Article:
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At STUDIO Z: CENTENNIAL ARMENIAN GENOCIDE exhibit at the Butcher Block Mill, April 2nd-May 2nd, 2015. Opening Reception Thursday, April 16, 2015, 5-9PM.

Armenia is dying, but it will survive. The little blood that is left is precious blood that will give birth to a heroic generation. A nation that does not want to die, does not die”. Anatole France (French author, 1916; Nobel Prize in Literature, 1921)

In commemoration of this year’s hundredth anniversary of the Turkish massacre of the Armenians, the first genocide* of the twentieth century, an extensive multi media exhibit will be presented at Studio Z, consisting of original and historic art work, archival material and propaganda affiches, posters, prints, books and heirlooms from or pertaining to the era of the Armenian genocide. Historical materials will be supplied by The Armenian Genocide Museum-Institute in Yerevan, Armenia, AHARI** (Armenian Historical Association of Rhode Island) and from private collections. 

In addition to the Opening Reception on Thursday, April 16th, 5-9pm, there will be live performances each Thursday evening in April starting Thursdays, April 9th, 16th, 23rd and 30th from 6-9 pm, offering theatrical readings, poetry recitations, live music and theatre, historical documentary film screenings, lectures and various presentations. Video footage on a continuous loop will be projected during the course of the entire exhibit.

Specifically, materials on exhibit will be comprised of the following:

  • -Original Fine Art will be exhibited on one wall. Featured artists: Vladmir Aivazyan, b. 1915 d. 1999, graphic artist, painter; Kevork Mourad, b. 1970, artist/performance artist; Lazar Artazian, b. 1857 d. 1924, painter; John Avakian, NA , printmaker; Anoush Bargamian, b. 1963, mixed media artist; Nora Chavooshian, b. 1953, sculptor; Cynthia Motian McGuirl, b. 1963, printmaker/mixed media artist; Alexander Grigorian, b. 1927 d. 2007, painter; Harutune Hovhanesian, b. 1922, d. 1979, graphic artist; Varki Kaprielian, b. 1951, sculptur / mix media artist and Armenian Patriot; Lucine Kasbarian, b.1965, author, writer, illustrator, cartoonist; Liz Kelley, b.1987, illustrator; Stephen Koharian, b.1982, painter; Vava Khachadourian, b. 1895 d. 1984, painter; Marsha Nouritza Odabashian, b. 1954, painter/installation artist; Julian Penrose, b. 1961, assemblage/collage artist; Jason Roberts, b.1978, painter; Lidya Tchakerian, b. 1959, painter; Simon Samsonian, b. 1915 d. 2003, painter; Carol Scavotto, b. 1951, multi medium artist; Lawrence Sykes, b.1931, photographer; Apo Torosyan, b. 1942, mixed media artist; Sirarpi Heghinian-Walzer, b.1958 painter/printmaker and Berge Ara Zobian, b. 1957, photographer and Gallery Director.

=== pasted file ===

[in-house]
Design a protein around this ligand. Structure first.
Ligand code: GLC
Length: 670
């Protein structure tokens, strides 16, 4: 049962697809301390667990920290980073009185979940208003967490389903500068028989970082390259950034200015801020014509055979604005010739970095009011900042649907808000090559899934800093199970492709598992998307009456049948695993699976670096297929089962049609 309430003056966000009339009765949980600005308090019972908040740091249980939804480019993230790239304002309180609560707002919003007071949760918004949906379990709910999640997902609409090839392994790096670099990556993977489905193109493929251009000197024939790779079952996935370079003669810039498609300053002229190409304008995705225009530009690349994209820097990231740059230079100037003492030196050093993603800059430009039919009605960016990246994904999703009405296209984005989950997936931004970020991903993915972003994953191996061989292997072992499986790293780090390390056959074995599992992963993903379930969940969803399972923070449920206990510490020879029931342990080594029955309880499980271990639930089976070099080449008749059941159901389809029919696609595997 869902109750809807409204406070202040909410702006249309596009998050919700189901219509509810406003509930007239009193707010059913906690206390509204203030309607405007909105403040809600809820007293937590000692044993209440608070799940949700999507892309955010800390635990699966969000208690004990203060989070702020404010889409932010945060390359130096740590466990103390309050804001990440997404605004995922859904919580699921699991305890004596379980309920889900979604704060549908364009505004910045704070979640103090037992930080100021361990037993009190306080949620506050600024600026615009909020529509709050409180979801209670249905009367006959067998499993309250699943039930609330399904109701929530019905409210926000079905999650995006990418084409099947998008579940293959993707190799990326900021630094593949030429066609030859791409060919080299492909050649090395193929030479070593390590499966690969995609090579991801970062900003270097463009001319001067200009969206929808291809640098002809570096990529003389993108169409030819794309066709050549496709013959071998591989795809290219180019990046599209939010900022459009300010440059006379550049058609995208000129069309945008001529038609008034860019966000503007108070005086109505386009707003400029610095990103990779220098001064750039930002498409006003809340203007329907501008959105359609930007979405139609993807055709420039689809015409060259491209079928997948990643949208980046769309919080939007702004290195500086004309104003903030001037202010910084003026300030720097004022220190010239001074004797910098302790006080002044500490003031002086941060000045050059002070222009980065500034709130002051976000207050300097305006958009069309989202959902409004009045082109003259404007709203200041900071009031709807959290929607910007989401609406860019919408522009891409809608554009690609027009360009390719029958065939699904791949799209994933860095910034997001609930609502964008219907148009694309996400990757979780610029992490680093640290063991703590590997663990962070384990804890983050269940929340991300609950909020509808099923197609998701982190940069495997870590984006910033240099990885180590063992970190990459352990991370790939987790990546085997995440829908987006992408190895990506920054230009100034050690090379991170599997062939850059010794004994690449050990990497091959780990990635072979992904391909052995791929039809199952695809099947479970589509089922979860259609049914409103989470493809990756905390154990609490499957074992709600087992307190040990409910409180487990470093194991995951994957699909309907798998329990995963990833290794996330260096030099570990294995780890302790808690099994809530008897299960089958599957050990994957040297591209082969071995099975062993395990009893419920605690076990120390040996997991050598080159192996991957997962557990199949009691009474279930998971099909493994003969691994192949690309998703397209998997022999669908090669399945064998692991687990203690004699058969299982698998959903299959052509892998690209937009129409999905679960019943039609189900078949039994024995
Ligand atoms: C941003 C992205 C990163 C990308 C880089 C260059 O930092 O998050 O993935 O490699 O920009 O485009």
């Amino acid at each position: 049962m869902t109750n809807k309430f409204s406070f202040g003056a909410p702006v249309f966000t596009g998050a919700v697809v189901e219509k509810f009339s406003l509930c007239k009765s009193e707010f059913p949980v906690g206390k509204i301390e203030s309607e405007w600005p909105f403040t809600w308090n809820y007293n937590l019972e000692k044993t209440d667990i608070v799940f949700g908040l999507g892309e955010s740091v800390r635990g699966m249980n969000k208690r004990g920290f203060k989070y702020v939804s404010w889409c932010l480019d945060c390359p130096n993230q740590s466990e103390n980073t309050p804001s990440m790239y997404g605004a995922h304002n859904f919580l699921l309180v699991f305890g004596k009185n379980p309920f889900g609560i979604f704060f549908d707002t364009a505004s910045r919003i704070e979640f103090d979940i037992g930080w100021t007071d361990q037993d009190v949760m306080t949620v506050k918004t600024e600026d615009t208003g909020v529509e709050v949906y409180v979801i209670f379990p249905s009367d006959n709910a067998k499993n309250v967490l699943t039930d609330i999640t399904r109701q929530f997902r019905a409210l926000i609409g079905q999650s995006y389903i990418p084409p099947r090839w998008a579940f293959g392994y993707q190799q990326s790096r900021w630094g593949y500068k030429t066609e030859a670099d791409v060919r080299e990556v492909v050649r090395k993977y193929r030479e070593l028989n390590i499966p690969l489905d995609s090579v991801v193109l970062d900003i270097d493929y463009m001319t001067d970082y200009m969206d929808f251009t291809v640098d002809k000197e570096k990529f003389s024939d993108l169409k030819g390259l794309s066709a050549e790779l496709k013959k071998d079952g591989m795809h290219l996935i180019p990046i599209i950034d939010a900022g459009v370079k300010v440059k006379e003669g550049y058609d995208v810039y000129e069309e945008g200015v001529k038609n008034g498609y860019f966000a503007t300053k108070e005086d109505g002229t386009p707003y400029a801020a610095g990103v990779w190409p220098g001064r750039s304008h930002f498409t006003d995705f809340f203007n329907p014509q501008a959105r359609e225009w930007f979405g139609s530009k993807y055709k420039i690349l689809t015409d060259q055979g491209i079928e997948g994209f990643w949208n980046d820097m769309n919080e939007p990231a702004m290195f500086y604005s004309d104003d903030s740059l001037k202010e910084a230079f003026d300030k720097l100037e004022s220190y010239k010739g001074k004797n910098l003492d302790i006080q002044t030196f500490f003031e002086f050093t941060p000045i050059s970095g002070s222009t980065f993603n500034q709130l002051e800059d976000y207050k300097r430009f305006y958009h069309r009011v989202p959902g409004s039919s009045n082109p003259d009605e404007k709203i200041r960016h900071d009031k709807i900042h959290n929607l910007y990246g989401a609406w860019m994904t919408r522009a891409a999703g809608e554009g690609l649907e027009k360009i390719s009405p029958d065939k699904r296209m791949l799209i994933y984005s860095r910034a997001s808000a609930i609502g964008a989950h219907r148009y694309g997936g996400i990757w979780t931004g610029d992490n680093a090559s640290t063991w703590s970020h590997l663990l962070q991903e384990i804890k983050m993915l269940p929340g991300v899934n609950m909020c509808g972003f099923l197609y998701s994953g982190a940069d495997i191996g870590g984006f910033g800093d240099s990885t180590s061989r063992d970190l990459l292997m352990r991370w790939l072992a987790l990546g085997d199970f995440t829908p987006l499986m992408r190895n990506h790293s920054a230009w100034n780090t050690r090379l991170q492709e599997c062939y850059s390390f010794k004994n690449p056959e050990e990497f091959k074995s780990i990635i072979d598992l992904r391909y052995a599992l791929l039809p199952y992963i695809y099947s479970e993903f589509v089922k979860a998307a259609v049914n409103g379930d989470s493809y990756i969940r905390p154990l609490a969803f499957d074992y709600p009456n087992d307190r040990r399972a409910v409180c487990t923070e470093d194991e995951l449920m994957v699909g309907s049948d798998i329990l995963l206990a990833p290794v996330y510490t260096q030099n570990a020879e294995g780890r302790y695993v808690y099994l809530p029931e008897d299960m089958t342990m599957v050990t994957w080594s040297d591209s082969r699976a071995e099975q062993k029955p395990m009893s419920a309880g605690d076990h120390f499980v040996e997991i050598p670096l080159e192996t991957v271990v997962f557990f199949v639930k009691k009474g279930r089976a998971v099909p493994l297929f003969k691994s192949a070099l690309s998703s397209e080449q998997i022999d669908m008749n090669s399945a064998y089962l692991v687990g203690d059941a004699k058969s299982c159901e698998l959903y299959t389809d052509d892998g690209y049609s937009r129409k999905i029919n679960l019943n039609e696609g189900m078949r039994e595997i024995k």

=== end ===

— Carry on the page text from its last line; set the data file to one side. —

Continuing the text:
• -Thirty turn-of-the-century enlargements of Armenian Genocide: Front Page Coverage in the World Press. Provided by The Armenian Genocide Museum-Institute, Yerevan, Armenia, will be on display on a second wall.

  • -Fifty years of political posters, affiches and propaganda art will be exhibited on the third wall.

  • -Historical posters of the Near East Relief Fund (NERF) along with archival artifacts and heirlooms provided by AHARI will be shown on a fourth wall. The US-based NERF fed starving survivors and saved the lives of thousands.

**AHARI (Armenian Historical Association of Rhode Island) is the primary sponsor of this exhibit, in addition to a few private anonymous sponsors. All donations and 10% of art work sales will go to (SOAR) Society For Orphaned Armenian Relief. A Non-profit International Organization, Genealogy Subgroup of Armenian Historical Association of Rhode Island (AHARI) will be present on Thursdays in the month of April at Studio Z Gallery during its Centennial Armenian Genocide Exhibit.


*Genocide is the systematic premeditated extermination of an entire national, racial, religious or ethnic group and is now a punishable crime under international law. 

The Armenian Genocide, the first of the twentieth century, was the culmination of a process of the deliberate slaughter of the Armenian people and demolition of their villages begun in the late nineteenth century by the Sultans, subsequent rulers and Turkish Army commanders of the Ottoman Empire.

During WWI, the government of the Young Turks’, who had overthrown the Sultan in 1908, adopted an official policy in 1911 to Turkify the non-Turkish peoples within the vast but weakened Ottoman empire. The Armenians presented a particular obstacle; secret orders were issued for local authorities “to take prior necessary measures for exterminating the Armenians” (The Armenian Genocide Museum-Institute, Yerevan, Armenia). Ultimately, systematic massacres, expulsions, deportations, forced death marches of women, children and the elderly into the Syrian deserts, mass starvation and forced conversions ensued.

Out of over two million Armenians inhabiting the Ottoman Empire at the onset of WWI, one and a half million Armenians were annihilated between 1915 and 1923. Another half million were deported or became refugees abroad. 

As April 24, 1915, marked the beginning of the intended destruction of the Armenian people with the rounding up, imprisonment and execution of hundreds of Armenian community leaders and intellectuals, mainly from the capital of Ottoman Empire (Constantinople, now Istanbul), this date is designated by Armenians worldwide to commemorate all the victims of the Armenian Genocide. 
“All these atrocities have been committed toward Armenians even though they have not done anything to invite them”.  Arnold Toynbee (British historian, 1915)

The Armenian Genocide remains unacknowledged officially by the present-day Republic of Turkey. "Genocide kills twice, the second time by silence."  Elie Wiesel (writer and Holocaust survivor)